By GERRY deSIMAS, JR.
Connecticut Sports Online
FARMINGTON, August 25, 2002 -- Wallingford's Kelli Montgomery has plenty of reasons to have a warm place in her heart for the Greater Hartford Triathlon. In her first appearance in the event, she finished third among the women and 25th overall in the field.
A year later, she competed again in the GHT, took home another third place medal and got married to her husband, Mike Gyulay, later that same day. In 1999, she finished third again.
She added to those special memories again Sunday with a third place finish among the women in the 2002 Greater Hartford Triathlon at Farmington's Winding Trails Recreation Complex. Yale graduate student Catherline Sterling won the women's race while Elizabeth Hall of Redding finished second. But Montgomery was simply happy to be competing.
A back injury that one doctor said could force to curtail her running and end her triathlon career has slowed her down much of this year. She has slowly been working her way back into shape. "I haven't run 6 miles yet until today," Montgomery said. "I was hurting on the second loop (of the run). But I said at least I'm out here (in the race) hurting."
Two race novices swept the top spots in the men's race. Andre Lapar, a former swimmer on the Mary and Washington swim team, won his second career race, outlasting Greg Saultner of New Paltz, N.Y., by 44 seconds with a new course record time of 2:15.49.
The Olympic distance triathlon race consisted of a one-mile swim in Winding Trail's Dunning Lake, a 27.5 mile bike ride through Avon and Farmington and a 6.2-mile run through the woods at Winding Trails. The bike course was new after road construction in Canton and Avon forced organizers to revamp the cycling leg.
Lapar, whose first career win came in 2000 on Long Island in the Tobay Triathlon, was fifth out of the water and third after the bike. But he was only about 10 seconds behind the leader Scott Kaslusky of West Hartford and steps behind Rick Kennedy of Bolton, Mass., beginning the run. Nearly midway through the run, Lapar caught Kaslusky and pulled away.
"I had no idea who was chasing me but I knew they were chasing me hard," said Lapar, 22. "I could hide in the woods on course like this."
But he enjoyed the clean lake swim, the rolling bike course where he hit speeds of nearly 50 mph and the run through the woods.
The new bike course had plenty of short, steep hills, some steep downhills and some hard turns. "Bike handling usually isn't an issue in triathlons but you had to come out of your tucks to make turns," said Sautner, 24. "It was great."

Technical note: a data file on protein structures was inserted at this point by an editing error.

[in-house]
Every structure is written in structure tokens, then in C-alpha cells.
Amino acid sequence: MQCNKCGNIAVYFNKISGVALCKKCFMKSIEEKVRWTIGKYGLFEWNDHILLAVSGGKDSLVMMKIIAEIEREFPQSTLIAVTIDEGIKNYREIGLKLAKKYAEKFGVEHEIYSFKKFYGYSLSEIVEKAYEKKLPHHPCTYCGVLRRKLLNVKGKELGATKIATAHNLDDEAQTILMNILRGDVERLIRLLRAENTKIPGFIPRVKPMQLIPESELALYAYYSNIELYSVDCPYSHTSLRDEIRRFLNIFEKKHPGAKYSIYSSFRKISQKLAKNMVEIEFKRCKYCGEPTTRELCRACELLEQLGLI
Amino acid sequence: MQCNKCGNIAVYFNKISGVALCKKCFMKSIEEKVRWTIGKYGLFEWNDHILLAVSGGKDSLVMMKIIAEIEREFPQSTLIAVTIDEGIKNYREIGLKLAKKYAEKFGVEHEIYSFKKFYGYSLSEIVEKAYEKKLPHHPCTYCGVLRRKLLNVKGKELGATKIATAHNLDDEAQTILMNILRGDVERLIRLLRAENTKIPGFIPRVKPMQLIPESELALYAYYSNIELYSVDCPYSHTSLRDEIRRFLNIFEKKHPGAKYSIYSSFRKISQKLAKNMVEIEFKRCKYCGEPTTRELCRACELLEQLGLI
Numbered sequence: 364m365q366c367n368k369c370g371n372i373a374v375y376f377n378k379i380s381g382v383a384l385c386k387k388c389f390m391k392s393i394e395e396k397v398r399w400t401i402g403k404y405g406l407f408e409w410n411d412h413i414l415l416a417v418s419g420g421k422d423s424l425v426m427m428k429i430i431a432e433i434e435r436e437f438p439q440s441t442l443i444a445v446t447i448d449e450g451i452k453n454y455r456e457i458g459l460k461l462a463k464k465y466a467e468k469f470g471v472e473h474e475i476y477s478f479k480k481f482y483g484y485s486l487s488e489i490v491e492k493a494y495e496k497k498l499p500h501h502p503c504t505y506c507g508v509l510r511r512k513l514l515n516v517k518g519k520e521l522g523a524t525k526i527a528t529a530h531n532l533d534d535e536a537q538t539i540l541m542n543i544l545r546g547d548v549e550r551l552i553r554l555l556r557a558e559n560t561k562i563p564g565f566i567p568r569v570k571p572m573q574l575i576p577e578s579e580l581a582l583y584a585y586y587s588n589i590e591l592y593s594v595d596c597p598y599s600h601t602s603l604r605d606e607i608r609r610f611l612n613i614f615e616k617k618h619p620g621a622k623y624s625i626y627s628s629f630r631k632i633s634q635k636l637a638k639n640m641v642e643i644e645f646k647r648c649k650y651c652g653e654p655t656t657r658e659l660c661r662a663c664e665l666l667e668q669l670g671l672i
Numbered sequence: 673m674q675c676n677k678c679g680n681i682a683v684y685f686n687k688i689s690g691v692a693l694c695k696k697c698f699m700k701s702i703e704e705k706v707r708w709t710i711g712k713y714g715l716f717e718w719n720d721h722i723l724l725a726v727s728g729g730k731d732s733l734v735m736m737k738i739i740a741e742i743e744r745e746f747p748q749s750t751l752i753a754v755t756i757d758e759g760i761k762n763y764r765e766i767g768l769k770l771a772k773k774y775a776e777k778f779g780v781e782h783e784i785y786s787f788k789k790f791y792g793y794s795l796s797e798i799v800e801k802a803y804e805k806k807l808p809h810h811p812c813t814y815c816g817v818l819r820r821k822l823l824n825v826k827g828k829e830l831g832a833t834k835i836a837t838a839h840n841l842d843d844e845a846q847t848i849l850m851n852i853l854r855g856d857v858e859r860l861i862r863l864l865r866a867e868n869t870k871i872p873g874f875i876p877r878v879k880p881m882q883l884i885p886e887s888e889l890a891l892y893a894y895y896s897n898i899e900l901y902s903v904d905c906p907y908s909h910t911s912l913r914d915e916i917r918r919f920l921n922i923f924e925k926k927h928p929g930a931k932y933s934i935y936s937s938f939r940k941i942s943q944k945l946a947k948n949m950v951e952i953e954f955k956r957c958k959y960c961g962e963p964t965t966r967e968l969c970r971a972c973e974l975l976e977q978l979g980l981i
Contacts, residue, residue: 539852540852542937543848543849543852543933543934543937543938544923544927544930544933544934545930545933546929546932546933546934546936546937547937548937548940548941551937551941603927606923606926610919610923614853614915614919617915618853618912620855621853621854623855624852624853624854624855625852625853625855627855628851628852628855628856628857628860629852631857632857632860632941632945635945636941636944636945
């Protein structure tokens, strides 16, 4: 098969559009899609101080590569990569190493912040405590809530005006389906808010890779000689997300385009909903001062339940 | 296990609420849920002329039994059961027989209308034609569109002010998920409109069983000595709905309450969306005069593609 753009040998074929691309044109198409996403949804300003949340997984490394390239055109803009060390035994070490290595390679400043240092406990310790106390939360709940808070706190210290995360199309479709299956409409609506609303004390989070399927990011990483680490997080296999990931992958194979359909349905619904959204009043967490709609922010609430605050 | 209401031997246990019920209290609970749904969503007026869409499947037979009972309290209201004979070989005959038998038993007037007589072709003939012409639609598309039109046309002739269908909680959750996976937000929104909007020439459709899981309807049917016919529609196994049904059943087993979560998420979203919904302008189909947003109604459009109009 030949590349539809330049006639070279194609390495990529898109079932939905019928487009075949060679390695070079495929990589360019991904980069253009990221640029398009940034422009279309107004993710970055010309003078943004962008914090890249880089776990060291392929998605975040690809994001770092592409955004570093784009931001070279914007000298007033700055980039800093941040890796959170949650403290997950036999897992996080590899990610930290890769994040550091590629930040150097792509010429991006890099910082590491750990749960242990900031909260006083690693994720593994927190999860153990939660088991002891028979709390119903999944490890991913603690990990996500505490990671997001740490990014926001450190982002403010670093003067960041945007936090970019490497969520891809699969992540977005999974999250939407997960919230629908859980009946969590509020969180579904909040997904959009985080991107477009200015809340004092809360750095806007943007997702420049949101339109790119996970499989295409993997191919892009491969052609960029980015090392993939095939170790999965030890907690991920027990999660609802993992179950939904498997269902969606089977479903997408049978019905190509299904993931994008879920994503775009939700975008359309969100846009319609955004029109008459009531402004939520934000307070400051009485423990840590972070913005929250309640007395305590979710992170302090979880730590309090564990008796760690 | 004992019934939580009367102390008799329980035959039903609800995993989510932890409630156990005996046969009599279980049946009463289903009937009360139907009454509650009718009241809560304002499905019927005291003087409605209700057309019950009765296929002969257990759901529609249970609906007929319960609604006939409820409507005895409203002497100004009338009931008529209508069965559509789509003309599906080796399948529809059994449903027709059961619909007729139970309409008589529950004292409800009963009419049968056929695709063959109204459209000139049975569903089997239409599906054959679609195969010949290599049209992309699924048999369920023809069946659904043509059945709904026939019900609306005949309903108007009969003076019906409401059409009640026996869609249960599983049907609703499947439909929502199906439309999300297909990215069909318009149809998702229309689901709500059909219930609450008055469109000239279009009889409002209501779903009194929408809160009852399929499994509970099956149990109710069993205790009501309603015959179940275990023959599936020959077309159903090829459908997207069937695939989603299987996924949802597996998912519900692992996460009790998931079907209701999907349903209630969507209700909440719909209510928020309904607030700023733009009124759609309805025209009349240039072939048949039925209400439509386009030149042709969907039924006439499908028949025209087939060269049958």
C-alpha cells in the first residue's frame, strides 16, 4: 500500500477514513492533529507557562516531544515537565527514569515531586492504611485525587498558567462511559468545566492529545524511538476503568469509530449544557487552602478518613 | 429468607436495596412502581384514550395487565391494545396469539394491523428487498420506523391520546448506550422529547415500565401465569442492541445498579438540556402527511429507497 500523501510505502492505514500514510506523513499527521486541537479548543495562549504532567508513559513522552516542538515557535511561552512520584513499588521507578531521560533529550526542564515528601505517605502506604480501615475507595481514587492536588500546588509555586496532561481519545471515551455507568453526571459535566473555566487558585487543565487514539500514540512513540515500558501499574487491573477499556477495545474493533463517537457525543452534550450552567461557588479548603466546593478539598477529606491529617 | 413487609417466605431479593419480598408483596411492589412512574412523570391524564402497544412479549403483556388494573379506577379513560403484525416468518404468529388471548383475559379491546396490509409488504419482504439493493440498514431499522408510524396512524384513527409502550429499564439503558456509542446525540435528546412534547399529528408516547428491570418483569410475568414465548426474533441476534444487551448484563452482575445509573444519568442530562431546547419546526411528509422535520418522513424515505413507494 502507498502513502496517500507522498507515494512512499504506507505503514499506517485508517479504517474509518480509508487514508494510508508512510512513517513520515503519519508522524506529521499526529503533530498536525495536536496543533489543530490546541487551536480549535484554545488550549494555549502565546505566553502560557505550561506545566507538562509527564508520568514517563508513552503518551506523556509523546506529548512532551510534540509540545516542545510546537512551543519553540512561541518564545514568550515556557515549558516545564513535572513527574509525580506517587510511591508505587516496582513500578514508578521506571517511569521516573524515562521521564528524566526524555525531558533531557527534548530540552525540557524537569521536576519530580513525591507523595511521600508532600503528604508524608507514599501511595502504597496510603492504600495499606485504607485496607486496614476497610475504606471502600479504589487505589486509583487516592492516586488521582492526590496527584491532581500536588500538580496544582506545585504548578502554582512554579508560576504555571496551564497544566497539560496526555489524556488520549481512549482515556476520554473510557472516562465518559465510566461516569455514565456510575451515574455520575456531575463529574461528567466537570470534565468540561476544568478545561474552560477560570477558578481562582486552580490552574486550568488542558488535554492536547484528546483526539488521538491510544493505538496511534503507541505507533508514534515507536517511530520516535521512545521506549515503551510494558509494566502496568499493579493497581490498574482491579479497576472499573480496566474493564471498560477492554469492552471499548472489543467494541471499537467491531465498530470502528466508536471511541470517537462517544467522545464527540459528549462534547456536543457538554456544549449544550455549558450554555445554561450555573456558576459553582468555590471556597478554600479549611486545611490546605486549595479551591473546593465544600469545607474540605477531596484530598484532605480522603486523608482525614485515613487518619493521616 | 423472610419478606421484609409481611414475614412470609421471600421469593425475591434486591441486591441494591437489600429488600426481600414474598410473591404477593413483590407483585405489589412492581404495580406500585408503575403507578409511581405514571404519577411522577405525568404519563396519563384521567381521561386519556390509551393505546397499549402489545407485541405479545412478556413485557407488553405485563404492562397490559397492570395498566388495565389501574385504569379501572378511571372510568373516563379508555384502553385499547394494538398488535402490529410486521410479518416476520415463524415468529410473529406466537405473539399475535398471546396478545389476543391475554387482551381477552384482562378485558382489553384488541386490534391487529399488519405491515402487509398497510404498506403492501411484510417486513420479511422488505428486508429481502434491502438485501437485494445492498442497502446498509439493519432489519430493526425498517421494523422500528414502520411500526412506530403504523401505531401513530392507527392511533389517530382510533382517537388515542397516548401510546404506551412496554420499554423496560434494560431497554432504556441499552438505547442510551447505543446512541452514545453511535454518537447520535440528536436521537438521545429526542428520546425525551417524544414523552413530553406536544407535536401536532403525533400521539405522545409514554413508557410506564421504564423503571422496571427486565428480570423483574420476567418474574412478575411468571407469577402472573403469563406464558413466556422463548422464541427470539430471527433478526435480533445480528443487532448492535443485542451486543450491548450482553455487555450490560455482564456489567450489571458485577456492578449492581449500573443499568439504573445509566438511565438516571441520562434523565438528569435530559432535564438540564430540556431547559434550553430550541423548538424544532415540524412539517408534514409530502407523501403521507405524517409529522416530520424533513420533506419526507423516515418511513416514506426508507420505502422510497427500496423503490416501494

It was just another innovation for the 18th annual Greater Hartford Triathlon that was also the USA Triathlon New England Regional championship race for the 12th straight year.
"When you're qualifying for the national (amateur) championships, you don't want a flat course," race director Bill Phillips said. "You want something challenging." The top five finishers in each division qualify for next Saturday's USA Triathlon national championship race in Coeur d'Alene, Idaho.
The top local athlete in the field was Farmington's Mike Morrow, 41, who finished 13th overall with a time of 2:23.40. Morrow was the second swimmer out of the water in the race, was 36th after cycling but closed the gap on the run. Unionville's John Willis, 38, was 23rd overall with a time of 2:28.37 and second in his age group (35-39).
The women's race was close throughout. Montgomery led coming out of the water with Sterling close behind, which wasn't surprising since the two train sometimes at Yale. Montgomery led coming off the bike as well but faded in the run since she has been running for about a month.
Sterling passed Montgomery on the run and turned in a record winning time of 2:33.18, good enough for 39th in the field of 258 finishers. Hall, who finished among the top six for the third year in a row, passed Montgomery near the end of the run to take second in 2:35.55. Montgomery was third in 2:36.33.
"It was a lot of fun," Hall said. "The hills (on the bike) were steep but the downhills were fun to go down."
Among the women, the top athletes included Farmington's Marissa Ryan, 17, who was seventh among the women in 2:45.17 and won her age group (15-19).
"It was a beautiful course," said Sautner. "I never did a triathlon in the woods. The bike course was up and down with a lot of short, steep bursts and some speedy downhills coming into turns."
Top 10 men: 1. Andre Lapar, Glen Cove, N.Y., 2:15.49 (new course record), 2. Greg Sautner, New Paltz, N.Y., 2:16.35; 3. Rick Kennedy, Bolton, Mass., 2:17.20; 4. Konrad Vonaumer, Conn., 2:18.47; 5. Trevor Jones, West Point, N.Y., 2:19.09, 6. Thomas McGee, Ottawa, Canada, 2:19.56; 7. Scott Kaslusky, West Hartford, 2:20.25; Bill Schumann, West Hartford, 2:20.39; Mark Rowat, West Point, 2:21.16; 10. Bob Shebest, Storrs, 2:22.04.
Top 10 women: 1. Catherine Sterling, New Haven, 2:33.18 (new course record); 2. Elizabeth Hall, Redding, 2:35.55, 3. Kelli Montgomery, Wallingford, 2:36.33; 4. Karen Newman, Old Greenwich, 2:38.11; 5. Daria Vanderveer, Manchester, 2:40.57; 6. Lindsay Simpson, Burlington, Vt., 2:43.33; 7. Marissa Ryan, Farmington, 2:45.17; 8. Pascale Butcher, Fairfield, 2:46.57, 9. Jane Fitzgerald, Somerset,N.Y., 2:47.02; 10. Kim Cokeley, West Point, N.Y., 2:48.00